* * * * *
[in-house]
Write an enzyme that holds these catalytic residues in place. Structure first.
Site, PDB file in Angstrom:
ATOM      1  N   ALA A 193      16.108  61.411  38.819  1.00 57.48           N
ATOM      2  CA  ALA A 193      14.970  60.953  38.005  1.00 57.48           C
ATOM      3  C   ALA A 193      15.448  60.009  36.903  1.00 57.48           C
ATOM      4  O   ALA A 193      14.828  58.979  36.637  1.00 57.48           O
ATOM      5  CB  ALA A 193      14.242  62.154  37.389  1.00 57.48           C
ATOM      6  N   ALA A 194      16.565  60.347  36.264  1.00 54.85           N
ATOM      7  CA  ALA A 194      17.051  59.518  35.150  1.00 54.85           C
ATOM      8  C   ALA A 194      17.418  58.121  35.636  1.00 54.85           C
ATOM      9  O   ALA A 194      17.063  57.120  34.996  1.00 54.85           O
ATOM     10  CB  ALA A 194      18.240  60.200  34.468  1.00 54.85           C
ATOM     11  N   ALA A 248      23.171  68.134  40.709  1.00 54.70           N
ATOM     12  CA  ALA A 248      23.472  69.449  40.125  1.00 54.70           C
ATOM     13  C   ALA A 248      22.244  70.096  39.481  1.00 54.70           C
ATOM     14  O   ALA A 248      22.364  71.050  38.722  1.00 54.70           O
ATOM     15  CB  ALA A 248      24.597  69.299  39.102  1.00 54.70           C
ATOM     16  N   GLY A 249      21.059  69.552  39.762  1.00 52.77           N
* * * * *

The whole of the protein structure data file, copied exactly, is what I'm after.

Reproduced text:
[in-house]
Write an enzyme that holds these catalytic residues in place. Structure first.
Site, PDB file in Angstrom:
ATOM      1  N   ALA A 193      16.108  61.411  38.819  1.00 57.48           N
ATOM      2  CA  ALA A 193      14.970  60.953  38.005  1.00 57.48           C
ATOM      3  C   ALA A 193      15.448  60.009  36.903  1.00 57.48           C
ATOM      4  O   ALA A 193      14.828  58.979  36.637  1.00 57.48           O
ATOM      5  CB  ALA A 193      14.242  62.154  37.389  1.00 57.48           C
ATOM      6  N   ALA A 194      16.565  60.347  36.264  1.00 54.85           N
ATOM      7  CA  ALA A 194      17.051  59.518  35.150  1.00 54.85           C
ATOM      8  C   ALA A 194      17.418  58.121  35.636  1.00 54.85           C
ATOM      9  O   ALA A 194      17.063  57.120  34.996  1.00 54.85           O
ATOM     10  CB  ALA A 194      18.240  60.200  34.468  1.00 54.85           C
ATOM     11  N   ALA A 248      23.171  68.134  40.709  1.00 54.70           N
ATOM     12  CA  ALA A 248      23.472  69.449  40.125  1.00 54.70           C
ATOM     13  C   ALA A 248      22.244  70.096  39.481  1.00 54.70           C
ATOM     14  O   ALA A 248      22.364  71.050  38.722  1.00 54.70           O
ATOM     15  CB  ALA A 248      24.597  69.299  39.102  1.00 54.70           C
ATOM     16  N   GLY A 249      21.059  69.552  39.762  1.00 52.77           N